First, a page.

Canzano: Don’t fall for Oregon … the Kraken doesn’t belong to us
I’m a sucker for a new sports franchise. I almost fell for it Tuesday night. The new expansion NHL team has dropped the puck to start its first season, but it will have to do it right.
The Seattle Kraken is great.
Is it awesome?
Anyway, the franchise lost me in … Seattle.
Just like the sailors. Just like the Seahawks. I can write about them, talk about them, and maybe even watch them if they play a meaningful game on TV. But what I would never bring myself to do is think of the Kraken as if it belonged to the state of Oregon.
Seattle is here. We are here. There is no here. If Dr Seuss were a sports columnist, he would have explained it more eloquently a long time ago. Instead, you understand me and I don’t get the local fascination with the Kraken.
Our state is underserved when it comes to sport. We are the largest and most populous geographic region in America that does not yet have Major League Baseball, NHL, or NFL. This is why I have long admired the efforts of the big leagues from the Portland Diamond Project, the Delta Dome, the NHL to the PDX and anyone who dreams of making big sporting projects.
This is also why I understand the temptation of people in our state to adopt sports franchises from another city. The Seahawks were force-fed the Oregonians on network television every Sunday. Three hours north is pretty close I guess. But I can tell you that if CBS had assigned the Cleveland Browns to your childhood TV, you would love Bernie Kosar instead of Steve Largent.
We have been brainwashed.
Let’s bet the KGB admires him.
The Mariners’ ratings are very high in Portland. Better still than in Seattle. Seahawks jerseys are commonplace. It won’t be long before your neighbor replaces the “12” flag on the front with one with the Kraken. But know that all of this is just a bunch of misguided deception and it must stop.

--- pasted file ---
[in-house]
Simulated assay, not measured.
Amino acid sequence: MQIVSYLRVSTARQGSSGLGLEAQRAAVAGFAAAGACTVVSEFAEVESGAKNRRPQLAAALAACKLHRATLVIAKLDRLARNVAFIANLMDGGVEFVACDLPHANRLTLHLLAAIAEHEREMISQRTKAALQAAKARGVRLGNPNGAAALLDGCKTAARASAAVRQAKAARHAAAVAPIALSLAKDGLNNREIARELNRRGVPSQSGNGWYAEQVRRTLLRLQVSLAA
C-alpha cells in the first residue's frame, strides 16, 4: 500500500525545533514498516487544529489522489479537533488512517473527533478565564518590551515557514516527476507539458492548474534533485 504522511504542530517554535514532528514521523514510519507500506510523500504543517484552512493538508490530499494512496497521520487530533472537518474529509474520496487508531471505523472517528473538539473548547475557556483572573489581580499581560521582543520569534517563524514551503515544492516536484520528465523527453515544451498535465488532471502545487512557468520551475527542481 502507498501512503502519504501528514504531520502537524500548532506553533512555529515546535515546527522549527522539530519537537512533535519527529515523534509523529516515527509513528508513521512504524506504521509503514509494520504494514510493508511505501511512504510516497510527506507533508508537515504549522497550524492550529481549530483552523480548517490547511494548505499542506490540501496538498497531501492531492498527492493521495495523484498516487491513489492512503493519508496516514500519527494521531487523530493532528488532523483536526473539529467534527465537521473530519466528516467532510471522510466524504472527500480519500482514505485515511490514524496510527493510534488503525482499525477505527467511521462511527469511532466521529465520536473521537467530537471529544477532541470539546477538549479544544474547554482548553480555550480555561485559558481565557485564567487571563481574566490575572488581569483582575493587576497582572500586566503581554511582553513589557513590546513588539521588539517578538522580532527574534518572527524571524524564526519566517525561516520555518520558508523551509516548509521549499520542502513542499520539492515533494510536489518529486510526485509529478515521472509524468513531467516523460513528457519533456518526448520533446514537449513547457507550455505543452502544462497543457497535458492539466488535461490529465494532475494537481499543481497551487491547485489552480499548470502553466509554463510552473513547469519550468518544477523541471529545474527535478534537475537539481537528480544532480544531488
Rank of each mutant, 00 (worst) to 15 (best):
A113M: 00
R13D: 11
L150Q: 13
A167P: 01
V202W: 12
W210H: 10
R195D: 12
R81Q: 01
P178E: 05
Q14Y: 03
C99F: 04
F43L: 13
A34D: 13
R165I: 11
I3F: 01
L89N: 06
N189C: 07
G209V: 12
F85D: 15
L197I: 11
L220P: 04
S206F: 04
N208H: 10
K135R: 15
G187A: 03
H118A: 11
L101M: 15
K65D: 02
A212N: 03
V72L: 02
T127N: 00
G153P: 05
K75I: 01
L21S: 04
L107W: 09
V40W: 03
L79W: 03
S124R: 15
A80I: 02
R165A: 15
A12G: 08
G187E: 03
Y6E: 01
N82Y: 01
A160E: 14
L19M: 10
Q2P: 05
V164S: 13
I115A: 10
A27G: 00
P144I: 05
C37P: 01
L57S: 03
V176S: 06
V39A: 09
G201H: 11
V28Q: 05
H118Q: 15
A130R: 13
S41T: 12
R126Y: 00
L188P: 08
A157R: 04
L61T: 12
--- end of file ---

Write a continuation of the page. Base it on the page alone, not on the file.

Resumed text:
Go see an NFL game in Seattle. No harm there. Greet the Mariners with the kids on a summer weekend. Also visit the Space Needle during your stay. But let’s not pretend that the sports franchises or that 600-foot boom are ours. You cannot adopt someone else’s children. Not while they’re loved, dressed, and fed anyway. What I’m saying is, it’s okay to appreciate these teams and covet them, but if any of us claims it’s ours, well, what you do is thwart the goal.
They belong to Seattle.
Portland needs its own major league franchises. You have the Trail Blazers, ducks, beavers, antlers, thorns, winter hawks, pickles, emeralds, vikings, and hops. If you want to form strong allegiances to a new major league team, consider supporting efforts to bring one to our state. If you fit into the Seattle teams, you’re only part of the problem.
All of this has been complicated in recent years by greedy sports executives who have swallowed up territorial rights, of course. Anchorage knows what I’m talking about. The Trail Blazers have land rights that extend well beyond the 2,433 miles of Alaska’s largest city. Not because our state’s NBA franchise occasionally enjoys 44 hours of driving across Canada for a visit. But because the franchise’s âlocalâ broadcast rights and ROOT Sports’ reach extend there.
Currently, six MLB teams are claiming Las Vegas in their territorial rights. Think how absurd that is. But you don’t see Las Vegas falling for the trap, do you? Nope. Vegas ignored them all and landed an NHL team, then built an NFL stadium and is now trying to free a crane so she can pitch an MLB baseball stadium in the suburbs. What I’m saying is Sin City might like your team, but only because they plan to steal it someday.
Move the Kraken to Portland?
I would go for that. Moda Center is equipped for the NHL. We could get there tomorrow. Or Portland could just pull together like Seattle did and bring an expanding hockey franchise here. Any kind of rivalry in the NHL or MLB with Seattle would be fierce.
When the Blazers teamed up with ROOT Sports, some in Oregon got nervous. It is a regional sports network based in Seattle. The NBA franchise has also realigned with longtime beloved Sonics broadcaster Kevin Calabro. Are the Blazers positioning themselves for a move to Seattle? Or perhaps additional leverage in the upcoming negotiation with the City of Portland on the Moda Center lease merger? I choose to believe, for now, that the Blazers act like every other money-hungry major league sports franchise.
They would love to belong to everyone, even if we all know they are not.
When Seattle announced that their NHL team would be called the Kraken, I loved the sound. Cool name. It could be a prolific team that will one day win a Stanley Cup. I will watch from afar. But I am not fooled. The Kraken don’t belong to the Oregonians any more than the Mariners, Seahawks, or Microsoft headquarters.
Admire the effort and energy, but don’t brace yourself or mistake the Seattle Kraken for ours. If you do, that “S” on the front of your jersey stands for “Sucker”.
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